Drinks were dealt with by Master Cup-Bearer and King's Cup-Bearer. The first one tasted drinks, poured and ordered them, the second one served them to the king after receiving them from the former one.
For those that beared with me so far, here is a description of a banquet during king Zygmunt III reign in 1596, described by the secretary of papal nuncio (ambassador), Giorgio Paolo Mucante: "Each dish was first given, with a bow, by Master of the Kitchen to the Master Food-Cutter, who passed it to the Esquire Carver. He dipped a prepared piece of bread into the dish, touched it with his tongue and then threw it away into a nearby silver bin. It took quite a while before the king and the cardinal started eating, since they had to bear all the ceremonies. The Master Food-Cutter was bowing so often that I truly think that during that feast he bowed at least 3000 times"
The second group of the dignitaries was lead by Court Marshall (described above). Then there was:
Chamberlain – in charge if kings court and economy on crown grounds
Standard-keeper - carrying king's or country's banner
Sword-bearer - carrying sword before the king
Master of the Horse - in charge of kings stables and horse breeding grounds
Master of the Royal Hunt - organized hunts, guarded royal forests from poachers
Court Treasurer managed the finances of the king, kept account of his personal treasure and supervised the courts treasures
King’s Secretaries – dealt with kings personal correspondence
King’s Chaplain – headed the courts masses, supervised the liturgical courts treasures and headed the courts musicians
and a lot of other dignitaries, less and less important, dealing with things like food supplies, transport, etc.
Queen had her separate court, but it was staffed with women and its influence over the country was much smaller.
Military officials Hetmans were the highest military officials. As most of the positions in I Rzeczpospolita, hetman was a job for life and couldn’t be removed even if he was a poor commander. Until beginning of XVIII century, they were not paid for their job.
Hetmans were very independent; they could keep their own foreign contacts with Ottoman Empire, Russia and Tatars. They distributed the military budgets as they felt like and as the highest commanders and administrators, hetman made administrative and juridical law concerning military. From 1590 those had the same power as Sejm’s decisions.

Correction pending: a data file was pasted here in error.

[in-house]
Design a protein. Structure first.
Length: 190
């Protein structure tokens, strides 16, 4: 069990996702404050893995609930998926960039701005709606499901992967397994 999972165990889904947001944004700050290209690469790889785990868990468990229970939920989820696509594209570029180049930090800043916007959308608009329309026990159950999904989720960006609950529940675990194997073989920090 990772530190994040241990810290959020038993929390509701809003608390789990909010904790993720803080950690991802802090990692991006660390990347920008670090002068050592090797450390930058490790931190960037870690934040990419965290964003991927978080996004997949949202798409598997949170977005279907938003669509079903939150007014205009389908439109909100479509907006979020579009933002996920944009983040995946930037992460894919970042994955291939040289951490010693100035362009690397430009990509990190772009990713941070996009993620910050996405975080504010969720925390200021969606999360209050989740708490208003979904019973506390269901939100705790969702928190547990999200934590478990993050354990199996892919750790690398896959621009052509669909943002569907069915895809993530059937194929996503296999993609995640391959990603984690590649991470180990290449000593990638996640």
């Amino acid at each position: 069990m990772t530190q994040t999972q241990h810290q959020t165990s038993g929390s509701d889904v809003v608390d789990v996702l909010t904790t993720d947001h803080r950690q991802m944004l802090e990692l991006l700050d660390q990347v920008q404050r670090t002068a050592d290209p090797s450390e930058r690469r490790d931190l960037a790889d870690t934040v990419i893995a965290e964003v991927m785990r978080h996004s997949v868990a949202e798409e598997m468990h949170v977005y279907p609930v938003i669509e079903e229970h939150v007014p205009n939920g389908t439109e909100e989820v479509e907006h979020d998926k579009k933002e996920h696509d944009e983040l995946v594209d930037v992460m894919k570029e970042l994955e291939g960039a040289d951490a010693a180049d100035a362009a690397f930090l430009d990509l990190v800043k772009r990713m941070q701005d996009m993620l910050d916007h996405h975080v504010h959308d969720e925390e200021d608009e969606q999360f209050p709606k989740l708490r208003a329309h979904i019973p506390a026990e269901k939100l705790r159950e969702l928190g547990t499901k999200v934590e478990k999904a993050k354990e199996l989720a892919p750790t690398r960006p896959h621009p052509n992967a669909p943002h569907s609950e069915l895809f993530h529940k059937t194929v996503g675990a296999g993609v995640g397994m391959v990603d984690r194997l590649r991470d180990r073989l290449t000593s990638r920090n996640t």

Hetmans symbol was a mace, which was added to his coat of arms (see coats of arms of hetmans and several other dignitaries here: http://www.bezuprzedzen.pl/urzedy/urzedygaleria.html).
There were 2 types of hetmans (besides the division into Crown and Lithuanian) – Great and Field. Field were subordinates of Great ones, and were sometimes called Border Hetmans, since they evolved from commanders of permanent garrisons on Polish south-eastern borders (which was a great school of combat, since it was a land almost constantly attacked by Ottomans and Tatars).
Kozak’s were commanded by a commissar, chosen by the hetmans for the period of 2 years. Below hetmans were regimentars, the commanders of common mobilization in voivodships.
Hetmans and regimentars were accompanied by a Staff composed of officers named: Great Guardians, Field Guardians, Field Writers, Great Camp Leader and Field Camp Leaders. Those officers were paid for their work (Lithuanian Field Guardian, Field Writer and Camp Leader received 15000 polish zloty’s per year. Crown Field Writer received 30000 per year).
Great Guardian supervised the scout forces during movement and camping and commanded the front guard (however, if both hetmans were present, field one acted as Great Guardian).
Field Guardians were found only on the eastern borders.
Field Writers kept accounts of people, equipment and fortifications. He was in charge of paying soldiers wages.
Camp Leaders were responsible for choosing the current camping place for the armies, building the camps, logistics and security inside the camps.
Several new military titles were created after the 1635:
1637 – General of Artillery (responsible for artillery forces, their logistics and such)
1670s – General of Logistics, General of Medics, General of Finances
General of Inspections controlled the combat readiness of troops, however it is unclear when they were created (besides the phrase ‘in XVII century’).